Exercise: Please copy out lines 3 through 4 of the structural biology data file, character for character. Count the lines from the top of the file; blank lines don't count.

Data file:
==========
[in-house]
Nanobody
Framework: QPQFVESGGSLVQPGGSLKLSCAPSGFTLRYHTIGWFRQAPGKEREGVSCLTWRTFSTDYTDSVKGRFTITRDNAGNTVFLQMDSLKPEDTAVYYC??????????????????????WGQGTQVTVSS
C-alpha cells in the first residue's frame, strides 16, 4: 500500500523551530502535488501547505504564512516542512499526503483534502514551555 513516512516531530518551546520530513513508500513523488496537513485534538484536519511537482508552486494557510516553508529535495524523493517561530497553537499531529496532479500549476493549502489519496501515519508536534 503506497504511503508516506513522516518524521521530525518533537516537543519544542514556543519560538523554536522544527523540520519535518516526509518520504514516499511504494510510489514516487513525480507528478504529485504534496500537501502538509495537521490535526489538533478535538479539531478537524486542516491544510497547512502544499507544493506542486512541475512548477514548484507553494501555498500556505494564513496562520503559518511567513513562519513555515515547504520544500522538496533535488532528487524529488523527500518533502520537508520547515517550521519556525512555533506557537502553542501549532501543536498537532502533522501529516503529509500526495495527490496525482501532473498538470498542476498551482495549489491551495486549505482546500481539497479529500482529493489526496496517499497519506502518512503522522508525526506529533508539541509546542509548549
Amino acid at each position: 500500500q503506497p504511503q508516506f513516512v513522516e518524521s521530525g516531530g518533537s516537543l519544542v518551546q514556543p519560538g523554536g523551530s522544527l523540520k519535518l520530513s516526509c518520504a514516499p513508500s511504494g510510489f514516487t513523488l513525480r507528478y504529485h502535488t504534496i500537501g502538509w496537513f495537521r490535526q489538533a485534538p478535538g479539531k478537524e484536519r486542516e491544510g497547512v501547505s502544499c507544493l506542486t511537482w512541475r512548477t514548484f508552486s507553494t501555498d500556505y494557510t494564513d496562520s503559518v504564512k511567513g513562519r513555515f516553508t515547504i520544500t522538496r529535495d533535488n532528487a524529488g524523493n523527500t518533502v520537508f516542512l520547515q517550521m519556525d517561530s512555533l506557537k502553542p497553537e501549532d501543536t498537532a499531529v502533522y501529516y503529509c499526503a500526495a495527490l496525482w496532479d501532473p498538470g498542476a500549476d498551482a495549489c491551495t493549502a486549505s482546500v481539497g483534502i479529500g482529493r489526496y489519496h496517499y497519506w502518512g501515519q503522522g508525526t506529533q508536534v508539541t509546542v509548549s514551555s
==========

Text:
Framework: QPQFVESGGSLVQPGGSLKLSCAPSGFTLRYHTIGWFRQAPGKEREGVSCLTWRTFSTDYTDSVKGRFTITRDNAGNTVFLQMDSLKPEDTAVYYC??????????????????????WGQGTQVTVSS
C-alpha cells in the first residue's frame, strides 16, 4: 500500500523551530502535488501547505504564512516542512499526503483534502514551555 513516512516531530518551546520530513513508500513523488496537513485534538484536519511537482508552486494557510516553508529535495524523493517561530497553537499531529496532479500549476493549502489519496501515519508536534 503506497504511503508516506513522516518524521521530525518533537516537543519544542514556543519560538523554536522544527523540520519535518516526509518520504514516499511504494510510489514516487513525480507528478504529485504534496500537501502538509495537521490535526489538533478535538479539531478537524486542516491544510497547512502544499507544493506542486512541475512548477514548484507553494501555498500556505494564513496562520503559518511567513513562519513555515515547504520544500522538496533535488532528487524529488523527500518533502520537508520547515517550521519556525512555533506557537502553542501549532501543536498537532502533522501529516503529509500526495495527490496525482501532473498538470498542476498551482495549489491551495486549505482546500481539497479529500482529493489526496496517499497519506502518512503522522508525526506529533508539541509546542509548549